For a better understanding of the invention, reference may be had to the accompanying drawing in which:

FIGURE 1 is a perspective view partly in section of an embodiment of a home wastewater treating unit of the present invention, and

FIGURE 2 diagrammatically illustrates a control circuit for the automatic control of the unit of FIGURE 1.

The unit illustrated in FIGURE 1 of the drawing cornchamber 1, and a holding tank 2 preferably disposed adjacent the upper portion of the treating chamber 1. Raw household wastewater or sewage which has been previously passed through a suitable device (not shown) for cutting up the solids content thereof into the form of relatively small particles is normally fed directly into the treating chamber 1 through a conduit 3 provided with a normally open valve 4. During certain the unit, the valve 4 is closed and wastewater fed to the unit flows through a slightly elevated side line 5 into the holding tank 2.

The treating chamber 1 is preferably designed to have a capacity somewhat larger than the average daily wastewater output of the home during a given period so that it can be operated on a predetermined cycle. During most of each cycle of operation thereof it functions as an aeration chamber While during a minor portion of the cycle it operates first as a settling chamber and then as a filtration chamber.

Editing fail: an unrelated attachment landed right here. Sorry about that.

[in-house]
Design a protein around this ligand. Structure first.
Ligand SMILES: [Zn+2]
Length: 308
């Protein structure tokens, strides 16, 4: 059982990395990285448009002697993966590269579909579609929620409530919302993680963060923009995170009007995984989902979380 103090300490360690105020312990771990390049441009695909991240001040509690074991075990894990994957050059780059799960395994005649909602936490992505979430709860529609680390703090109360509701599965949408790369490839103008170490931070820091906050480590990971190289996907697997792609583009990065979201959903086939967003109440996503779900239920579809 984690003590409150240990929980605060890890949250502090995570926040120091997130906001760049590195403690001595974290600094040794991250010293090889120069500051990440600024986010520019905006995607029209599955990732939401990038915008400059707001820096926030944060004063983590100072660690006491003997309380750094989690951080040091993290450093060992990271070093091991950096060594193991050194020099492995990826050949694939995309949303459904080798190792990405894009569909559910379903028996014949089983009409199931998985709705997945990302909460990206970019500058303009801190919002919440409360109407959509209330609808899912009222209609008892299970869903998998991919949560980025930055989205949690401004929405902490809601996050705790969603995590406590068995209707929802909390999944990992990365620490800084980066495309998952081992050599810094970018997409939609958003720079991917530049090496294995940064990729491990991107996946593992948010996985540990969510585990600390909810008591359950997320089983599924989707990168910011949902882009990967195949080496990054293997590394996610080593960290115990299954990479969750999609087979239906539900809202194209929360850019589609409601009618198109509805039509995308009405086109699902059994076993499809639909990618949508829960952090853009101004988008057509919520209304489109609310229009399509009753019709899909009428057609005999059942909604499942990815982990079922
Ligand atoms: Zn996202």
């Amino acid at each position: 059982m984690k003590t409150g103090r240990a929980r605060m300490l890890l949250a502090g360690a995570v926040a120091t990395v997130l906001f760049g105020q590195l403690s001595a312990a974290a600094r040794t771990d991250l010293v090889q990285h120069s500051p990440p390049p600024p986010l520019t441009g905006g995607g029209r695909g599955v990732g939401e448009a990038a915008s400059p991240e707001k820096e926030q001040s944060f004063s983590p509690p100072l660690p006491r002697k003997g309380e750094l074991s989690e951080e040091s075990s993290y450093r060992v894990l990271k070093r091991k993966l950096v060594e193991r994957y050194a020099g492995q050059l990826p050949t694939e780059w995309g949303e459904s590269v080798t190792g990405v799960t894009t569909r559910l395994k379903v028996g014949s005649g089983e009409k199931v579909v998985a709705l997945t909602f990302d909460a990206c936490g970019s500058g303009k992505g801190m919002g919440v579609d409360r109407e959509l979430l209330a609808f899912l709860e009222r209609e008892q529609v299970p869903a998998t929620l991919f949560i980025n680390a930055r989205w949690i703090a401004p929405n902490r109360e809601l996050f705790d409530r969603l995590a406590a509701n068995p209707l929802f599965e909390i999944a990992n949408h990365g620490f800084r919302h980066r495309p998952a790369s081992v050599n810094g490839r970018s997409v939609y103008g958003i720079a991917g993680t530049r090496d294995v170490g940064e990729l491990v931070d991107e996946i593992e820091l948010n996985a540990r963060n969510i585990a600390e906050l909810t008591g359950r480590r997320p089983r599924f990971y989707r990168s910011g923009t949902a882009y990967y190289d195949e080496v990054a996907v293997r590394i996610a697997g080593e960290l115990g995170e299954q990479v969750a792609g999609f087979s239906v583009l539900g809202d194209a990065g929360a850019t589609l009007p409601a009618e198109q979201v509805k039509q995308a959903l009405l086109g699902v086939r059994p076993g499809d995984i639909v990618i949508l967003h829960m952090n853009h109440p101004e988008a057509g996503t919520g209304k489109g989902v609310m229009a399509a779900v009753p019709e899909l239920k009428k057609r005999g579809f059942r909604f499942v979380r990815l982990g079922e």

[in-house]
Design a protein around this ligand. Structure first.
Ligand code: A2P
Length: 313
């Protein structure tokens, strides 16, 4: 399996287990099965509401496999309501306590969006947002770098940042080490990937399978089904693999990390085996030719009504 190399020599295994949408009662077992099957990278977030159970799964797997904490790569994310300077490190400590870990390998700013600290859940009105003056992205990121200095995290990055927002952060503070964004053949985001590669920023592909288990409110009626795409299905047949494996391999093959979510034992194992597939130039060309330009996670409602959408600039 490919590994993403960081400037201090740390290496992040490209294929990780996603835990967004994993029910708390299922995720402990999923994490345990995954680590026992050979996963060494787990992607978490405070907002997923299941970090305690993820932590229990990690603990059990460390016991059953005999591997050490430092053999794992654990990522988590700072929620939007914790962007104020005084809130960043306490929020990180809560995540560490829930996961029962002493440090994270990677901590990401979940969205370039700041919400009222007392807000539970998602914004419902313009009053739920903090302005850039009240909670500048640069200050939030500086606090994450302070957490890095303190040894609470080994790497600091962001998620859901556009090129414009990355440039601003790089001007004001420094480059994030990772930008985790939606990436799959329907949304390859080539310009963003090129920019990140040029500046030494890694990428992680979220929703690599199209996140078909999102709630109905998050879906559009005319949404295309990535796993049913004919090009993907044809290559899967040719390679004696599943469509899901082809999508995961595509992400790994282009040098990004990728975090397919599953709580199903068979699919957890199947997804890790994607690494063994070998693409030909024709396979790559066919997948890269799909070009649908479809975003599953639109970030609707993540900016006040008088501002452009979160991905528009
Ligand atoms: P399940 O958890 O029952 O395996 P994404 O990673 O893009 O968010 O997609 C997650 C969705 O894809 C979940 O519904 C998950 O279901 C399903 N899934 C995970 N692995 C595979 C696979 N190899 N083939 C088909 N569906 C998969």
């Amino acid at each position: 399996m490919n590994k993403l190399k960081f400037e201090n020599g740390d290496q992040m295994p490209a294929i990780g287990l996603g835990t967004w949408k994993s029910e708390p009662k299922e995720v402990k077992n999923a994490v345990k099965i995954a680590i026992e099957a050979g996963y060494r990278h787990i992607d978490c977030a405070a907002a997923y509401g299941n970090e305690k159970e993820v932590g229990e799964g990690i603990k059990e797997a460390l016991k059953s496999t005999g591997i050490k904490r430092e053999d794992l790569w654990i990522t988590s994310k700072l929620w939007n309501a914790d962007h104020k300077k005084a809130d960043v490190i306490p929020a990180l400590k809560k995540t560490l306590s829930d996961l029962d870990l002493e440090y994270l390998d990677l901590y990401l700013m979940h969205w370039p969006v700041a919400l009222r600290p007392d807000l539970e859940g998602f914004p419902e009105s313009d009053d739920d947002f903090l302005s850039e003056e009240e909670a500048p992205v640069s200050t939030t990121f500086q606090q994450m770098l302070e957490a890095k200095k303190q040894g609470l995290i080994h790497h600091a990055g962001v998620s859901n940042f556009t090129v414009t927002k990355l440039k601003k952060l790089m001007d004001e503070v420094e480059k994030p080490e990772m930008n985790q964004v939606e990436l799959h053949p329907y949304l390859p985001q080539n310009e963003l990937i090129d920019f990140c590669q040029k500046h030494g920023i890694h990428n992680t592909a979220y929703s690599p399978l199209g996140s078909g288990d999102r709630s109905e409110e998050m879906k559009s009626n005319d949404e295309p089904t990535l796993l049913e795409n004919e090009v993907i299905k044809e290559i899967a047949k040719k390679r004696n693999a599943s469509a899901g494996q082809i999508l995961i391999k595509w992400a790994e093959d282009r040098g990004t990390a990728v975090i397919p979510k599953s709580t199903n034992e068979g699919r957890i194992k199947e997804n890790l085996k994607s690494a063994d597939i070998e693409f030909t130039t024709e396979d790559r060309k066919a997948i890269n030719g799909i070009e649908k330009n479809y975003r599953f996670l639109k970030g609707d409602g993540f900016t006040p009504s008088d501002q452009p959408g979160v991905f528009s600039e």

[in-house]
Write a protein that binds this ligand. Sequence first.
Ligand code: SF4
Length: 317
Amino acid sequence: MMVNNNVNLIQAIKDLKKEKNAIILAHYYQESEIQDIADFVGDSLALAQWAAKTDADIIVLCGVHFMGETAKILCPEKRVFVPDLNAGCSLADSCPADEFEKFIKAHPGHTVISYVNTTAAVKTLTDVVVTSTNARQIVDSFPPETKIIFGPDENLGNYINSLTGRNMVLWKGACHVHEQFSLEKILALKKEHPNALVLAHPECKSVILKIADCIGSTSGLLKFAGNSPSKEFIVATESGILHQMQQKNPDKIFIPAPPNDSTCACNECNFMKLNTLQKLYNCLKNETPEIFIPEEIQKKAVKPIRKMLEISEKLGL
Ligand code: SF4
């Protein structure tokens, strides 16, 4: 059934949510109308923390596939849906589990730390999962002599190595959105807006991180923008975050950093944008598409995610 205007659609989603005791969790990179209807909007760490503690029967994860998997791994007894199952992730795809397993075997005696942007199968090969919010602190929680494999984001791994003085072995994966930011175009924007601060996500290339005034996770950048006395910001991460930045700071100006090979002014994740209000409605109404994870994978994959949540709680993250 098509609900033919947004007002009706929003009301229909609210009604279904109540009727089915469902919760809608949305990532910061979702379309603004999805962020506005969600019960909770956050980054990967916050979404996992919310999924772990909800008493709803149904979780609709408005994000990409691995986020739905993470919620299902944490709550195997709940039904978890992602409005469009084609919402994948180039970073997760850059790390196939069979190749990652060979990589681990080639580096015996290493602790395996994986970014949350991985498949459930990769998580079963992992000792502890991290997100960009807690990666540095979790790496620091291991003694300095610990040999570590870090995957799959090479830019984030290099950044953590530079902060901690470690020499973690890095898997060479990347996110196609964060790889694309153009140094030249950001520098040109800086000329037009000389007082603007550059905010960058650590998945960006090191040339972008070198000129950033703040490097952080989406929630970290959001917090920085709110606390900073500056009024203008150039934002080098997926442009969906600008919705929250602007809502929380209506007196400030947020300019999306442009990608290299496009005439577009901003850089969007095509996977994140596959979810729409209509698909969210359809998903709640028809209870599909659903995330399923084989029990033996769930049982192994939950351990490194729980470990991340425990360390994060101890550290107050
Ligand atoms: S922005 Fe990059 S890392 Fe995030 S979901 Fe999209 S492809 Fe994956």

The chamber includes vertical side walls 6, a top 7 and a sloping bottom wall forming a hopper 8 in which the solids collect during operation of the chamber as a settling chamber. While the side walls 6 may be of any suitable shape or configuration, in the illustrated embodiment the side walls are cylindrical.

For the purpose of introducing air into the contents of chamber 1 during operation thereof as an aerobic stabilization chamber, there is provided an air supply line 9 by means of which air from an air compressor driven by a motor 11 is introduced into the lower portion ofthe hopper 8. The air introduced through the supply line 9 diffuses upwardly through the contents of the chamber 1 effecting a constant agitation and circulation thereof. Excess air and any gaseous products resulting from the aeration treatment are vented to the atmosphere through a vent 14in the to wall 7 of the chamber.

A conduit 15 having its inlet end '16 connected to the lower portion of the chamber 1 above the hopper 8 and its outlet end 17 is provided for periodically discharging liquid effluent into a storm sewer or into a surface drainage network for irrigation uses or the like. When the outlet 17'is above the inlet 16, the conduit 15 may include a pump 18 driven by motor 19 for elevating the discharge to the desired level. When the outlet 17 is below the inlet 16, a suitable normally closed electrically operated valve (not shown) may be substituted for the motor driven pump 18.

In order to remove any suspended solids from the efiluent following a settling operation and prior to discharge of the effluent through the line 15, there is provided a movable filter member 20 including a filter element 21. The number 20 is mounted on a vertical screw drive 22 supported within the chamber on a spider 23. The screw drive 22 is adapted to be rotated in either direction by means of a'reversing motor 25 for movement of the member 20 between a normal position above the discharge end 26 of the wastewater line 3 and a second position below the inlet end 16 of the effiuent line 15. The motor 25 may be secured as by means of flanges 23 to the top wall 7 of the chamber so that upon rotation of the screw drive 22, the member 20 which is threadably mounted on the screw drive 22 will move vertically within the chamber 1.